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Feeding the Olympics


Originally posted Yule 2007

A new report 'Feeding the Olympics' from the Soil Association, Sustain and the New Economics Foundation, calls on London 2012 to deliver on their promise to be the greenest and healthiest Games in terms of the food they provide, and sets out how this can be done:

"This report is a call to action for everyone involved in catering for the London 2012 Olympic Games, to ensure that the food served before, during and after the Games is local, seasonal and organic as was promised in London’s bid.

"The London 2012 Olympics offers a unique opportunity to mark the relationship between physical fitness and healthy food, to transform the food available at all major events, and to showcase the benefits of local, seasonal and organic food on a world stage.

"The Olympic movement recognises that it has a special responsibility to implement sustainable development. While other Olympic Games have attempted to be ‘green Games’, London 2012 is aiming to be “the greenest Games in modern times”. The London bid uses the concept of a ‘One Planet Olympics’ – recognising that continuing unsustainable practices would in effect mean that we would need three planets to support our current way of life. A strategy was created in order to achieve this, which was submitted with the London 2012 bid. One of the ten principles relates to food, and pledged to “support the consumption of local, seasonal and organic produce”.

"Feeding London 2012 is a significant but achievable challenge. For example, around 1.3 million meals could be required over the four-year period of the construction phase. Over the 60 days of Games time approximately 14 million meals will be needed - equivalent to around 2% of the number of school meals served in the UK over a year.

"Research is already demonstrating what an important role our current food system is playing in causing climate change, and how better food choices could significantly reduce greenhouse gas emissions. Around 20% of the UK’s contribution to greenhouse gas emissions are caused by our food and drink. A growing body of evidence is showing that emissions from the food sector can be reduced if we all shift towards eating organic, local, seasonal food, and less but organic meat and dairy products. The Games could also raise awareness of the crisis in worldwide fish stocks, and ensure that imported food meets Fairtrade standards.

"Food systems have changed profoundly since the Olympics was last held in London in 1948. As public unease over food scares, and levels of obesity have risen, a second food revolution has begun: organic food has moved into the mainstream, and there has been a rise of interest in local and sustainable food initiatives amongst the general public and policy makers.

"Most of the food at major events and tourist attractions in the UK, particularly food aimed at children, is currently poor quality – with low nutritional, environmental, animal welfare and social standards. Given the London 2012 emphasis on inspiring the young to embrace healthy living and physical achievement, it is particularly important that the Games sets a good example. Despite the poor standards of much food at tourist attractions, there are plenty of examples of good practice, serving healthy, local, and freshly produced food. Many schools across the country are already meeting the Soil Association ‘Food for Life’ standards of 50% local, 30% organic, and 75% unprocessed food.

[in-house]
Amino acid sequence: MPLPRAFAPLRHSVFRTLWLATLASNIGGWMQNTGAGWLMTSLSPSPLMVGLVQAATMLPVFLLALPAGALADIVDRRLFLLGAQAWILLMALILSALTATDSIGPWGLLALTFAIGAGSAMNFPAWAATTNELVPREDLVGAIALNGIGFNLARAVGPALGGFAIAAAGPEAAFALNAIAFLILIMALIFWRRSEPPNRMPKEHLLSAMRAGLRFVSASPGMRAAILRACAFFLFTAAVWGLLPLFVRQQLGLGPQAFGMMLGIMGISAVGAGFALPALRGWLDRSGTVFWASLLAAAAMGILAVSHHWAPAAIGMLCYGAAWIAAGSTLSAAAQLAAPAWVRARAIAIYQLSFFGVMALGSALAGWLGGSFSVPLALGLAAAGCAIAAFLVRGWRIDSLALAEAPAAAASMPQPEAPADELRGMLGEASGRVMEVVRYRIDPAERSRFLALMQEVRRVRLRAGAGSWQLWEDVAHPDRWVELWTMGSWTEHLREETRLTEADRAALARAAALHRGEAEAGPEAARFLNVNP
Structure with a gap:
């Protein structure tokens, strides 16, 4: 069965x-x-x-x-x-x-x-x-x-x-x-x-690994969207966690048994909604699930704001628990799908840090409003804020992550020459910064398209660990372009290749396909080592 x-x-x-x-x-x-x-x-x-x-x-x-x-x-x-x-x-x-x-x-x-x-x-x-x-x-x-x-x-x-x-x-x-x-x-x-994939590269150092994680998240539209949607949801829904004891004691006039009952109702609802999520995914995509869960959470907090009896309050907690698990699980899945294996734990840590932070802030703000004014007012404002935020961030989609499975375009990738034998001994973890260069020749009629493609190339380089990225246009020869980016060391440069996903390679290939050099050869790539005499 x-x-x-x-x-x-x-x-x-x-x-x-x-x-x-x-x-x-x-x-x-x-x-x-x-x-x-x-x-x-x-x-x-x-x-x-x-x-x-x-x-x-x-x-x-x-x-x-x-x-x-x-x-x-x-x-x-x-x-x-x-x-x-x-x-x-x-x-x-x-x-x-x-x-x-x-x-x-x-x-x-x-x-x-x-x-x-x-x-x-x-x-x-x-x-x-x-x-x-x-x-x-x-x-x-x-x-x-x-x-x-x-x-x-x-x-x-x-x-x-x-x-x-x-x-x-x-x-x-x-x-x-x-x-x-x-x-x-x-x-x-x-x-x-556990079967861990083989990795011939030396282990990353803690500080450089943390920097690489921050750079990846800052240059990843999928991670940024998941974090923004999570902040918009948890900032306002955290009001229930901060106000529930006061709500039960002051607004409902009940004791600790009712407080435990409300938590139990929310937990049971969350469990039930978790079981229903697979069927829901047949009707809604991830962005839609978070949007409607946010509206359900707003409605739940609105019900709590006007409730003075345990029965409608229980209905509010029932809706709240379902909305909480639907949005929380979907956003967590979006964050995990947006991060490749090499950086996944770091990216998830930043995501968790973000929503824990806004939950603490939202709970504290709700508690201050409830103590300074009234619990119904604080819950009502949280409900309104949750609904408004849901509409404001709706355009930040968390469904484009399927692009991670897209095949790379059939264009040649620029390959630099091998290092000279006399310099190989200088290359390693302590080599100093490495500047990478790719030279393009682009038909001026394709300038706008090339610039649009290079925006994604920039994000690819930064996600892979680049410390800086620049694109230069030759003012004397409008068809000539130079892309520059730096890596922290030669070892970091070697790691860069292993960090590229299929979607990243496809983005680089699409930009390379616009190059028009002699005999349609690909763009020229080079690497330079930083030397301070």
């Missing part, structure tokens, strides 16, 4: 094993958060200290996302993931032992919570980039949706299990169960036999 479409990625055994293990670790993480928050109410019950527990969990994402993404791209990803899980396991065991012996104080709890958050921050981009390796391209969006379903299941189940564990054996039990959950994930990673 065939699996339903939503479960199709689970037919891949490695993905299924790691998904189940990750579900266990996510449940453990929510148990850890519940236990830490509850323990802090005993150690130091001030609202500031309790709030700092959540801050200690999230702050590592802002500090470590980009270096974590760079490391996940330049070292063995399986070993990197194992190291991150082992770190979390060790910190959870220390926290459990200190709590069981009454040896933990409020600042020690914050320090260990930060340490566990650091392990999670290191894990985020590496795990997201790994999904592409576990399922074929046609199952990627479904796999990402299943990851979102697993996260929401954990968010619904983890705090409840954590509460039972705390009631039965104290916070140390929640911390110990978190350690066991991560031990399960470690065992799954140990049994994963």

"It is important that local food businesses are included within the Games, so that the much hailed regeneration benefits can be gained. Previous Games have shown that this will take a great deal of effort to achieve. However, there is real potential for small businesses, run by people from a diversity of backgrounds, to work together to supply catering for the Games if they are helped with the relevant information and support to enable them to bid for contracts. The Games also provide an opportunity to provide training for local people, to fill the skills gap within the catering trade.

"The legacy of the Games offers significant opportunities to the boroughs that will be most affected by the Games, which are amongst the poorest in London, and which have been identified as suffering from food poverty. Though significant development for the area has been planned, there are fears that the reality will not live up to the ideals of sustainability and regeneration, and there has been criticism of a lack of community consultation. Specific promises about access to healthy food for the new communities that will be developed, and the sustainable food that would be available as a result, were made in the 2012 bid. There have been few signs that these pledges are going to be honoured. Indeed the most significant food development so far is the loss of the Manor Garden allotments site.

"Two of the key sponsors for the Games are McDonalds and Coca-Cola, which have extensive rights to operate outlets within the Olympic village and park. The companies aim to associate their brands with the ethos of the Games. All caterers for the Games should be required to ‘promote local, seasonal, healthy and organic produce’, and the sponsors must take the lead in doing this.

Download the full report Feeding the Olympics

Originating organisations are:
Soil Association,
Sustain,
New Economics Foundation

See also: Grilled about McDonalds


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